"Touch" Note: A "touch" is simply where the fingertips are brought down against the head to make a sound. Unlike a slap where the tips are slammed against the head to make a sharp sound, here the fingertips are pressed flatter, with the pressure going further back from the tips. Usually the fingers are together as in an open tone.  A "touch" should never produce any open-like tone.  If you hear an open tone pitch the note you are playing is a "muff" rather than a "touch". A "touch" is also the "toe" half of the Heel-Toe technique.  Whether or not the "heel" of the hand is on the drumhead when a finger "touch" is done will also modify the sound of a "toe" stroke.  When a louder "touch" note is desired it is sometimes played by bunching the thumb and four fingers together and then bringing them straight down tips first into the head. Cuban players often do a "touch" with the whole hand quite flat so that it appears to the observer as a bass note, but the palm does not strike the drum, or does so lightly, so the note is actually a "touch" sound rather than a bass note.  At other times these players will play a "heel" (see below) where even though the hand appears flat the base of the palm strikes first giving a bass-like tone. One has to listen to determine which note is being played as both moves can appear quite identical to the eye.  The location of the "touch" on the drumhead will help determine the exact sound of the given note.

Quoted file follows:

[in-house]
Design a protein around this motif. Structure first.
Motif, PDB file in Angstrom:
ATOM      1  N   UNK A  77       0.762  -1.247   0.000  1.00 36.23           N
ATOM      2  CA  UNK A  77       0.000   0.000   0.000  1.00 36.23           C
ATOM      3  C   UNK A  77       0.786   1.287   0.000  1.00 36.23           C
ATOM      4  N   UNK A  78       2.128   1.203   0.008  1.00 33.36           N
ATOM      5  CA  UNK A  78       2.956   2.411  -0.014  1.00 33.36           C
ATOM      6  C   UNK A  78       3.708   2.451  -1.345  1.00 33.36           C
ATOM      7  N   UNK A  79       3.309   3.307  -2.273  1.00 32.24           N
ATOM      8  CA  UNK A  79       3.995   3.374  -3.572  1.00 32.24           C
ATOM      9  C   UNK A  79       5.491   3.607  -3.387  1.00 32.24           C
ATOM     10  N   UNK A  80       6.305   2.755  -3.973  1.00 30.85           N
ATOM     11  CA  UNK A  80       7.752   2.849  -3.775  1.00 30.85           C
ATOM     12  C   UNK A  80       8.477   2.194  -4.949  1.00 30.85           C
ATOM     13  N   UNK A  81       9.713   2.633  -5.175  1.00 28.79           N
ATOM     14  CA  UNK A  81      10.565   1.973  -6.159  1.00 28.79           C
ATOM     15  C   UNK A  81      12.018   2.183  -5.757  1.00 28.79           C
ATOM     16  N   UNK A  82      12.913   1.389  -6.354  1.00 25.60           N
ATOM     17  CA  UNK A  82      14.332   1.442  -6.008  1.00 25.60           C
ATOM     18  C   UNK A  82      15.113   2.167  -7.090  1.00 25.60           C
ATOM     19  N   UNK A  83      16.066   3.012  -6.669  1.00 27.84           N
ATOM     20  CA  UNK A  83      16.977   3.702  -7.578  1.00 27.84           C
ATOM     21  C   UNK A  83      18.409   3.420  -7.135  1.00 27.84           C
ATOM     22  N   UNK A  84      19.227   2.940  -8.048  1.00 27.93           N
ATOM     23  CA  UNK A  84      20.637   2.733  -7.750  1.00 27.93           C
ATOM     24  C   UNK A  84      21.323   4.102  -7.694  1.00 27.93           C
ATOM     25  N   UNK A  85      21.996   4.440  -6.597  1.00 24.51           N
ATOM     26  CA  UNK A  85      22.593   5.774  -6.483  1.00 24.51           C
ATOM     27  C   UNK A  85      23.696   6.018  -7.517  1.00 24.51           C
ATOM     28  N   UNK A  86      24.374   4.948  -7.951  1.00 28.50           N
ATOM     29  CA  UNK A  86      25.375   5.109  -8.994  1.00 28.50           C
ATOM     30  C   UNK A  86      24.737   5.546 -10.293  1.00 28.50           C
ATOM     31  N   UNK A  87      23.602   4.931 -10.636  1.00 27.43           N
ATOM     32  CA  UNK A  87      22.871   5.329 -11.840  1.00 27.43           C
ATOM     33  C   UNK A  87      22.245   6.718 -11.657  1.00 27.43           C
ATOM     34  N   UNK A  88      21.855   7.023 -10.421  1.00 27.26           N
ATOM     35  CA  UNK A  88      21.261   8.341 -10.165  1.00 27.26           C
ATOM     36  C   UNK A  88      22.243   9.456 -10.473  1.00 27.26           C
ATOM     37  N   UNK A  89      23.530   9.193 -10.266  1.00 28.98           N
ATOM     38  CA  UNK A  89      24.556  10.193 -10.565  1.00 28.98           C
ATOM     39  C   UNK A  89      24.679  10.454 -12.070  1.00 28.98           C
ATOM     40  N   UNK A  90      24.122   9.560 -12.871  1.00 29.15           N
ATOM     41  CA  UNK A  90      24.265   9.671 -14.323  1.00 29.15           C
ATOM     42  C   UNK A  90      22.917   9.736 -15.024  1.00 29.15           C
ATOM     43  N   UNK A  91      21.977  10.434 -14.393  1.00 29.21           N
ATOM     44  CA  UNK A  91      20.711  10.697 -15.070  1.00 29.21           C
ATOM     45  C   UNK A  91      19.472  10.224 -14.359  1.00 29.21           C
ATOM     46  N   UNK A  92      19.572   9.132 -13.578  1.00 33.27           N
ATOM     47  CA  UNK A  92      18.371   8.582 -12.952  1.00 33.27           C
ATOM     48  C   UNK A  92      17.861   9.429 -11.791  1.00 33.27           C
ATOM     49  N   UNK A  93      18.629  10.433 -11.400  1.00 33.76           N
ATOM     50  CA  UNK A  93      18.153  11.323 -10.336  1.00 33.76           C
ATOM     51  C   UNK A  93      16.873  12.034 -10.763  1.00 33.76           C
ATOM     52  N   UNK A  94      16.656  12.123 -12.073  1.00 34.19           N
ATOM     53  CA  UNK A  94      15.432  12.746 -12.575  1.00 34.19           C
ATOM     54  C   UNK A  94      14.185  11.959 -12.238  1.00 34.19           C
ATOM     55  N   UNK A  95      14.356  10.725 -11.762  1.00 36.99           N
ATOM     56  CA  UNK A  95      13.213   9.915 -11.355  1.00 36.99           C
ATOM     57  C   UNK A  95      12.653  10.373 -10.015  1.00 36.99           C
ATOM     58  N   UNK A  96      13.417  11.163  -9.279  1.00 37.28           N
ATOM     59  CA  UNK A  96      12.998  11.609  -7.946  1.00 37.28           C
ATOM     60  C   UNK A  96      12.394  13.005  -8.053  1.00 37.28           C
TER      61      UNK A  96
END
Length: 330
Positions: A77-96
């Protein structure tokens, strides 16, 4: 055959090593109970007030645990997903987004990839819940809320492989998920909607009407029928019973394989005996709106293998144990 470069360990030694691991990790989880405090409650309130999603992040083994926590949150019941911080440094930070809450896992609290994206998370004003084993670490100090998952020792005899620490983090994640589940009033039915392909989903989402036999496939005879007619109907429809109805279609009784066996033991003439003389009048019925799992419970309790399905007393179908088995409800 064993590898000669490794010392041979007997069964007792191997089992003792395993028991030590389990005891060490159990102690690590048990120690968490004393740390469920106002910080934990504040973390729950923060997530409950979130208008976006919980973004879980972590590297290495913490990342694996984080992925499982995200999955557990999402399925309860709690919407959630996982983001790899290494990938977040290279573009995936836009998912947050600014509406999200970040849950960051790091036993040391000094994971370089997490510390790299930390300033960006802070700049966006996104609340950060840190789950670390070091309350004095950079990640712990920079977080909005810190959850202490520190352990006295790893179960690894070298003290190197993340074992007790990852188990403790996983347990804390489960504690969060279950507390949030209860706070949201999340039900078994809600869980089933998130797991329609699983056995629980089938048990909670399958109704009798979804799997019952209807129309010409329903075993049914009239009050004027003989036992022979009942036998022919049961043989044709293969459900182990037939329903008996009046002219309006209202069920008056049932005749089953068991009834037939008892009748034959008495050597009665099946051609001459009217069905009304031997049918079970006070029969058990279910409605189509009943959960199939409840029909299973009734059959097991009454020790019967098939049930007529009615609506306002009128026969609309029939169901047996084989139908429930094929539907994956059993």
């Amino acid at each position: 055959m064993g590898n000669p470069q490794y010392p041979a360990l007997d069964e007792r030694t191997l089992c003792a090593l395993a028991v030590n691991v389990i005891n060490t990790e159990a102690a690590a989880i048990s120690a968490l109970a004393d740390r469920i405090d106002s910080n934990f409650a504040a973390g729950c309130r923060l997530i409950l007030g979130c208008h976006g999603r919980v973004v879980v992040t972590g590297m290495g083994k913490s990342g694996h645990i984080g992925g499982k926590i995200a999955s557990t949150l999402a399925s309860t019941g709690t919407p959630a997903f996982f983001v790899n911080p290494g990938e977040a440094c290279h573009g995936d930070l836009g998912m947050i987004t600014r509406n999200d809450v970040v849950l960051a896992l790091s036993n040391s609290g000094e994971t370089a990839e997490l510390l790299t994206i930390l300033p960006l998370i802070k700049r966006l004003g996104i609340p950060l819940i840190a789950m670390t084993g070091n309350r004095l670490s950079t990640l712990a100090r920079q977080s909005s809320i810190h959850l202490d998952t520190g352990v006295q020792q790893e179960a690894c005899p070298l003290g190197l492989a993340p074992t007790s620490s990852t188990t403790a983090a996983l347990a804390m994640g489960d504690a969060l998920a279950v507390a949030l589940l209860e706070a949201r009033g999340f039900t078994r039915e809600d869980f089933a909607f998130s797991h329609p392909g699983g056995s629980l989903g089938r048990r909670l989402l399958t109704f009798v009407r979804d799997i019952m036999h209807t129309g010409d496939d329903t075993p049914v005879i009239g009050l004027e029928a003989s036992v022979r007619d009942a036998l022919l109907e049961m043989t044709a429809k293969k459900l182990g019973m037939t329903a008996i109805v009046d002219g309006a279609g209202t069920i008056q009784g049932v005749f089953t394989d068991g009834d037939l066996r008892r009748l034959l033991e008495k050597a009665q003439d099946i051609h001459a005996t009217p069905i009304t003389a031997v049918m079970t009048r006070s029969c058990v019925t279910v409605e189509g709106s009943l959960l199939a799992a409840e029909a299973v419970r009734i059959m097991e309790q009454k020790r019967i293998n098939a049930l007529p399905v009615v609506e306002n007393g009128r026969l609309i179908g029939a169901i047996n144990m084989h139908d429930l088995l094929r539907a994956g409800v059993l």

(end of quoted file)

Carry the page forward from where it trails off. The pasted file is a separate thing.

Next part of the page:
Heel-Toe: "Heel-toe" is a Cuban playing technique essential to the rhythmic patterns known collectively as "tumbao". In Spanish the technique is often called "mano secreta" which means "Secret of the hands" in English. The basic idea is to use a single hand to produce rapid successive notes. The technique produces rapid patterns that in a sense can simulate the rapid beats of the snare drum of the drumset player.